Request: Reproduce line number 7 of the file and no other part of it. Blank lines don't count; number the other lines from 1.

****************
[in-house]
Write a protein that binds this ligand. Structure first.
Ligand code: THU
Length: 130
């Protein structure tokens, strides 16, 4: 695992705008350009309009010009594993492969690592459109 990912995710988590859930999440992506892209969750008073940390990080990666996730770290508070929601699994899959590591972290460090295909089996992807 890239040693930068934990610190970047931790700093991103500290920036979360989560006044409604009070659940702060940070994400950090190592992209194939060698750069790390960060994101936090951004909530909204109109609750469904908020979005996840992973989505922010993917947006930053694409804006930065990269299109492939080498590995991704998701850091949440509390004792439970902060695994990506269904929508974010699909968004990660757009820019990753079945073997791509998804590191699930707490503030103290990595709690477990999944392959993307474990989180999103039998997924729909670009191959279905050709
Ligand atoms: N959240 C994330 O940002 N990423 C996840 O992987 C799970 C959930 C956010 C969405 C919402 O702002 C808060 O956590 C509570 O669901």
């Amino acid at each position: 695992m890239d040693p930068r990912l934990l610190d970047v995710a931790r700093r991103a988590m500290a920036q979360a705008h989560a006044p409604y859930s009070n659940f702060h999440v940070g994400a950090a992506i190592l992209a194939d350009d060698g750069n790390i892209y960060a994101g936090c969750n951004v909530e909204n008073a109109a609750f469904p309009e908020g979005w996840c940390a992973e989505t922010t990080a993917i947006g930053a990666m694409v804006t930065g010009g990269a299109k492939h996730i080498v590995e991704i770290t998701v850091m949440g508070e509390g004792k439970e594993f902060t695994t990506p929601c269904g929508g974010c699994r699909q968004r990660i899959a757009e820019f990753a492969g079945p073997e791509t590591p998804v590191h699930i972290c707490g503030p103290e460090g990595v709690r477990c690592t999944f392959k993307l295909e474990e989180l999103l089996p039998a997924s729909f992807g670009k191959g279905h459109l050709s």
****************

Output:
């Amino acid at each position: 695992m890239d040693p930068r990912l934990l610190d970047v995710a931790r700093r991103a988590m500290a920036q979360a705008h989560a006044p409604y859930s009070n659940f702060h999440v940070g994400a950090a992506i190592l992209a194939d350009d060698g750069n790390i892209y960060a994101g936090c969750n951004v909530e909204n008073a109109a609750f469904p309009e908020g979005w996840c940390a992973e989505t922010t990080a993917i947006g930053a990666m694409v804006t930065g010009g990269a299109k492939h996730i080498v590995e991704i770290t998701v850091m949440g508070e509390g004792k439970e594993f902060t695994t990506p929601c269904g929508g974010c699994r699909q968004r990660i899959a757009e820019f990753a492969g079945p073997e791509t590591p998804v590191h699930i972290c707490g503030p103290e460090g990595v709690r477990c690592t999944f392959k993307l295909e474990e989180l999103l089996p039998a997924s729909f992807g670009k191959g279905h459109l050709s």